Abstract

Chemical spills polluting drinking water are often mixtures with each chemical having unique characteristics for partitioning, toxicity, and odour leading to significant differences in human risk exposures. A 2014 chemical spill of crude (4-methylcyclohexyl)methanol (MCHM) resulted in a $126 million USD fine to the water utility. The spill consisted of at least ten chemicals including 34% cis- and 60% trans-4-MCHM and 0.7% cis- and 0.3% trans-methyl-4-methylcyclohexanecarboxylate (MMCHC). While a very minor component, trans-MMCHC contributed substantially to odour because of its high Henry's Law Constant, 2.23 × 10−2 at 40 °C showering, and low odour threshold concentration (OTC), 0.02 ppb-v, air. Using USEPA risk assessment parameters in a 15-minute shower model with influent concentration of 42 ppb-aq cis- and trans-4-MMCHC, representative of initial spill concentrations in the distribution system, adult ingestion and inhalation for trans-MMCHC were almost equal, 4.00 × 10−4 and 4.26 × 10−4 mg/kg/d, respectively. For children, inhalation doses exceeded ingestion dose: 1.72 × 10−3 mg/kg/d versus 0.93 × 10−3 mg/kg/day trans-MMCHC. This exposure assessment with varying OTC for crude MCHM chemicals reinforces considering chemical, physical, and biological properties of all chemicals in the spill. Consumers aware of their exposure to chemicals in drinking water lost consumer confidence; the water utility was required to compensate individuals and businesses for financial losses.

INTRODUCTION

The rupture of a poorly maintained chemical storage tank owned by Freedom Industries allowed nearly 38,000 L of licorice-smelling crude (4-methylcyclohexyl)methanol (MCHM) to enter the Elk River, which was the drinking water supply for over 300,000 people in Charleston, West Virginia and surrounding counties. Contaminated Elk River water was processed through a conventional drinking water plant. Attempts to treat and remove the chemical contaminants with addition of activated carbon and potassium permanganate were ineffective (Weidhaas et al. 2017). Licorice-smelling drinking water was distributed to consumers who noticed the odorous drinking water early in the morning of January 9, 2014. By 6 PM that evening, a ‘do-not-use the water order’ was issued by government officials. Consumers were told not to drink, wash, or use water; the ‘do-not-use the water order’ remained in place for up to a week and a half for some sections of the distribution system (Gallagher et al. 2015; Schade et al. 2015). Communication through public notification and social media was effective. In a post-spill survey, 89% of affected consumers reported knowing about the spill the day that it occurred (Savoia et al. 2015).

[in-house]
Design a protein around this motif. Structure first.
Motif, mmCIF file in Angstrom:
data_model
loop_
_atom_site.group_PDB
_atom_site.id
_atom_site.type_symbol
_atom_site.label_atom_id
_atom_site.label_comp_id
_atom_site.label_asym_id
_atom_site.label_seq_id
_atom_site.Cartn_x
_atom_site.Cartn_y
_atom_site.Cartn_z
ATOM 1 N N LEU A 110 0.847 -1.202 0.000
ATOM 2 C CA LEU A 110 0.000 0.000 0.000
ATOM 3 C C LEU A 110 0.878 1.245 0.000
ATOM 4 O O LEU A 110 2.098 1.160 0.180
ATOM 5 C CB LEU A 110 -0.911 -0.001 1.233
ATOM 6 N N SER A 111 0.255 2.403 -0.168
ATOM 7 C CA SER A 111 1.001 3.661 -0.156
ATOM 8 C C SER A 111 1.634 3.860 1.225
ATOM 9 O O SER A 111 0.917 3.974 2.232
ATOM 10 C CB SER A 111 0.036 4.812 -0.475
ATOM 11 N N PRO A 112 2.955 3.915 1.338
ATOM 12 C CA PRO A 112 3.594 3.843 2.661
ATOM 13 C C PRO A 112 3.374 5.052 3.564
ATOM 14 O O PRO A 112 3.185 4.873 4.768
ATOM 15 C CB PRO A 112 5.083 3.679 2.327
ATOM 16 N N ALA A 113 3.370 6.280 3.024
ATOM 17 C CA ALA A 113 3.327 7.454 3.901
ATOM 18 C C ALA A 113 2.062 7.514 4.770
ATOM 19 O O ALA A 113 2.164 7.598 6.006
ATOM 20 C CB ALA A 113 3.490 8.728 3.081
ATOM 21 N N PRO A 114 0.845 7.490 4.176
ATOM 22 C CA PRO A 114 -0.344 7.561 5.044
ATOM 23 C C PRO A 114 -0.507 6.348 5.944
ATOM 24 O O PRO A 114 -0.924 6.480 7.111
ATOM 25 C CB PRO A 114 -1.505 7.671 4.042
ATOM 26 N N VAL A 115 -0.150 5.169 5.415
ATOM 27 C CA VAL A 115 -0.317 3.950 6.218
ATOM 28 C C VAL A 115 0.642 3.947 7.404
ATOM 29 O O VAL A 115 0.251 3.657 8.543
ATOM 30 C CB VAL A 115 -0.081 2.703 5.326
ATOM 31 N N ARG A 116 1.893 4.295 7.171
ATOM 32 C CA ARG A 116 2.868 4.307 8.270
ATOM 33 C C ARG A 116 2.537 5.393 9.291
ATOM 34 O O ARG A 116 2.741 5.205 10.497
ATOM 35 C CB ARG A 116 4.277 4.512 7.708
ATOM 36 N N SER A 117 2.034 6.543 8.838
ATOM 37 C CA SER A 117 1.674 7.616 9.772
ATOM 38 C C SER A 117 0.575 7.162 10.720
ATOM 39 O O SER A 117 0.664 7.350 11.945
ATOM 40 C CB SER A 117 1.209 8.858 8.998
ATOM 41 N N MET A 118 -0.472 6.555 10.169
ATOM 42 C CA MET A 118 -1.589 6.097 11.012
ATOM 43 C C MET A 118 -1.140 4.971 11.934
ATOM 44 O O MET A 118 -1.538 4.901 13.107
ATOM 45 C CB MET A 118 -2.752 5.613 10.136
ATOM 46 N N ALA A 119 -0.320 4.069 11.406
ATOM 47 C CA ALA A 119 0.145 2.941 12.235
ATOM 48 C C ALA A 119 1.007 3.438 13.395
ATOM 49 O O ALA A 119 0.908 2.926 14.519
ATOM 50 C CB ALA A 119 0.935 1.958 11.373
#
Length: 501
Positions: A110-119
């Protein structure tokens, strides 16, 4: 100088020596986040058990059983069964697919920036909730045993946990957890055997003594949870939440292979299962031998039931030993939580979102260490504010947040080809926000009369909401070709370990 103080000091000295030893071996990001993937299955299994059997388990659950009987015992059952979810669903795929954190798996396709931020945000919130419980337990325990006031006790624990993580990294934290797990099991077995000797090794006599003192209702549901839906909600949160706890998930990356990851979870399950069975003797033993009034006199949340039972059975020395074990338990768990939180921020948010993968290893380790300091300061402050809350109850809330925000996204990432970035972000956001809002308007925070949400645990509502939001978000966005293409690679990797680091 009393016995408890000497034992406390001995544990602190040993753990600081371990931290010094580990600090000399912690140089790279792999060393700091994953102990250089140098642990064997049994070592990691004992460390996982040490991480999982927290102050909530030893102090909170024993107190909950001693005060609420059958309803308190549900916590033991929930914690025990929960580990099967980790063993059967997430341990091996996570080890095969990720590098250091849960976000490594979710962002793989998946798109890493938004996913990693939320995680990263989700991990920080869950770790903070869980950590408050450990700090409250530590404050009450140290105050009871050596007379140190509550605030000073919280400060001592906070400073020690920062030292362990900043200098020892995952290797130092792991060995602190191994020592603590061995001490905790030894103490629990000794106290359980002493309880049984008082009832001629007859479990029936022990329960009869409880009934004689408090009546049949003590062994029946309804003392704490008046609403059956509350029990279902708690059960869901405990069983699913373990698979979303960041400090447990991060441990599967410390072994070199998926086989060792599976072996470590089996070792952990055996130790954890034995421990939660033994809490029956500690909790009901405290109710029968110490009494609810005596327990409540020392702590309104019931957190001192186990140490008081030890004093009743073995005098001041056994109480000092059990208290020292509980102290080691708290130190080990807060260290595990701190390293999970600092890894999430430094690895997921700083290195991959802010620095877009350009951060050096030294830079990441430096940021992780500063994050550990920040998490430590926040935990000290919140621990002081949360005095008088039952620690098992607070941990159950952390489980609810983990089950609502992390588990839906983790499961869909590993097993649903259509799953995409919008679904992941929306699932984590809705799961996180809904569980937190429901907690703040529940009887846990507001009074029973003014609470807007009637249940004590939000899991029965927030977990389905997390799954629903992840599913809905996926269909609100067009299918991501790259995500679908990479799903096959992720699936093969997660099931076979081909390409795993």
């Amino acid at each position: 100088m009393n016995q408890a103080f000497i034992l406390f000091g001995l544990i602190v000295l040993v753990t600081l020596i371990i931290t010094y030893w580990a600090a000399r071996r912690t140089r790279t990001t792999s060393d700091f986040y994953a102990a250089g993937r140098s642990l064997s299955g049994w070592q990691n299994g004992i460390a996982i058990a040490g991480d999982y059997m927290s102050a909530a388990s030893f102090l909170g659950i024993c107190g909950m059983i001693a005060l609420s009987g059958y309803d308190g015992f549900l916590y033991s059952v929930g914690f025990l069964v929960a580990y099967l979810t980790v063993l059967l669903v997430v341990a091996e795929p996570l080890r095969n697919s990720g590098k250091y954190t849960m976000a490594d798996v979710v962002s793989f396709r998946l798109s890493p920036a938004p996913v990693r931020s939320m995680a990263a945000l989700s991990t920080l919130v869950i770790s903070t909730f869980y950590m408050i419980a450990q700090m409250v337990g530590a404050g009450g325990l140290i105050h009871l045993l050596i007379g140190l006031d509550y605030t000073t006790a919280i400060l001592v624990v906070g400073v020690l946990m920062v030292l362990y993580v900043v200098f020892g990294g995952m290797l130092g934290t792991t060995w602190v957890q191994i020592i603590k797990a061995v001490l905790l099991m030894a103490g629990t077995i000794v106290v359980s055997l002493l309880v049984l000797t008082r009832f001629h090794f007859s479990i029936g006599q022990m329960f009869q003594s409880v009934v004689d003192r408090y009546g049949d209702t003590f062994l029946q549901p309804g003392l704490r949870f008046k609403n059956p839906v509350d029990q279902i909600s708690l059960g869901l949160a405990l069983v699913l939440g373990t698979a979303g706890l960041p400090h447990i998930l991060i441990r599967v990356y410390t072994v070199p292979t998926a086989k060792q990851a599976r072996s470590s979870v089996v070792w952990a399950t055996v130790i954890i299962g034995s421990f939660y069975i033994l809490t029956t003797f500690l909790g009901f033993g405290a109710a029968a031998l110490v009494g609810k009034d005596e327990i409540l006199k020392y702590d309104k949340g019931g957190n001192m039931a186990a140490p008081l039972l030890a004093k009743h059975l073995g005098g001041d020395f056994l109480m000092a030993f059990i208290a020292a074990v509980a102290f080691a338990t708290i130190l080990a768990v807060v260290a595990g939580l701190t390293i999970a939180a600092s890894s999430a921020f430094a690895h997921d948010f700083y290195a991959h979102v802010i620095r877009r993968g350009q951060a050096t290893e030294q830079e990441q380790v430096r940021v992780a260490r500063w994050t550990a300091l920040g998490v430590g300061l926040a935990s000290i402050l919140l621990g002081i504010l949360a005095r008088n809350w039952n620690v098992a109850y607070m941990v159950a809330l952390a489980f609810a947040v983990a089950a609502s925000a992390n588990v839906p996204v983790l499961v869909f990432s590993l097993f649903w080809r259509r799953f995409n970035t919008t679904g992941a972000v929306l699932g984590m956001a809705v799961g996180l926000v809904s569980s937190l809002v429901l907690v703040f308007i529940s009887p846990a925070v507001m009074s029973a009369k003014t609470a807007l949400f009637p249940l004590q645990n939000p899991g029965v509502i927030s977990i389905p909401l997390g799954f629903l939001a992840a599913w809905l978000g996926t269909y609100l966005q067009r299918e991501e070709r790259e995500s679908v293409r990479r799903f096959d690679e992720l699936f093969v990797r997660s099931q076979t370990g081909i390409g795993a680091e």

Minimizing exposure was critical as there was little technical and/or toxicological data for crude MCHM, which is an unregulated industrial chemical consisting of a mixture of predominantly ten substituted cyclohexanes (Figure 1) (Gallagher et al. 2015). Even though at the time of the spill it was known that crude MCHM was a mixture of chemicals, the liquid–liquid extraction gas chromatography/mass spectrometry (GC/MS) monitoring method used at the water company only measured and reported the two major isomers of crude MCHM (cis- and trans-4-MCHM) as total 4-MCHM rather than the individual species. Monitoring during and for months after the spill by the United States Geological Survey, which used a purge-and-trap-GC-MS method, demonstrated that both the 4-MCHM isomers and minor components, methyl-4-methylcyclohexanecarboxylate (MMCHC) isomers, had high volatility, occurred in tap water, and could cause odours (Foreman et al. 2015).